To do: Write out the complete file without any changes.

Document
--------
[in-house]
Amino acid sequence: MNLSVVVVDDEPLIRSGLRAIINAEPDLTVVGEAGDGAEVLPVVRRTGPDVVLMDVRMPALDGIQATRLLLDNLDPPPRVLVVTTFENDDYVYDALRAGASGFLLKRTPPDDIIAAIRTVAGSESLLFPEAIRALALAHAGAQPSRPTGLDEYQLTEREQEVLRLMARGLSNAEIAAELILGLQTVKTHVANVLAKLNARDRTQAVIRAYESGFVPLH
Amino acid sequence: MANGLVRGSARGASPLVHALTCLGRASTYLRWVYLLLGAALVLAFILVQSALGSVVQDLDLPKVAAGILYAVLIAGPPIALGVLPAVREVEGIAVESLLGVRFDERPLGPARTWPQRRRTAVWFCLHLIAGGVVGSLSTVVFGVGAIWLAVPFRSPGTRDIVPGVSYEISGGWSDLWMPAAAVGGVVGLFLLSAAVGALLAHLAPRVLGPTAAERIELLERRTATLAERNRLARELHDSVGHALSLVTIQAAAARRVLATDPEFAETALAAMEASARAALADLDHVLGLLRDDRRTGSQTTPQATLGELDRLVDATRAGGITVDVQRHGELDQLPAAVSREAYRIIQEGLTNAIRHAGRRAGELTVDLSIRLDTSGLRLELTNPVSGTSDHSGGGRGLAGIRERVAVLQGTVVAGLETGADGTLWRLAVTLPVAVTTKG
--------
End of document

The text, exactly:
[in-house]
Amino acid sequence: MNLSVVVVDDEPLIRSGLRAIINAEPDLTVVGEAGDGAEVLPVVRRTGPDVVLMDVRMPALDGIQATRLLLDNLDPPPRVLVVTTFENDDYVYDALRAGASGFLLKRTPPDDIIAAIRTVAGSESLLFPEAIRALALAHAGAQPSRPTGLDEYQLTEREQEVLRLMARGLSNAEIAAELILGLQTVKTHVANVLAKLNARDRTQAVIRAYESGFVPLH
Amino acid sequence: MANGLVRGSARGASPLVHALTCLGRASTYLRWVYLLLGAALVLAFILVQSALGSVVQDLDLPKVAAGILYAVLIAGPPIALGVLPAVREVEGIAVESLLGVRFDERPLGPARTWPQRRRTAVWFCLHLIAGGVVGSLSTVVFGVGAIWLAVPFRSPGTRDIVPGVSYEISGGWSDLWMPAAAVGGVVGLFLLSAAVGALLAHLAPRVLGPTAAERIELLERRTATLAERNRLARELHDSVGHALSLVTIQAAAARRVLATDPEFAETALAAMEASARAALADLDHVLGLLRDDRRTGSQTTPQATLGELDRLVDATRAGGITVDVQRHGELDQLPAAVSREAYRIIQEGLTNAIRHAGRRAGELTVDLSIRLDTSGLRLELTNPVSGTSDHSGGGRGLAGIRERVAVLQGTVVAGLETGADGTLWRLAVTLPVAVTTKG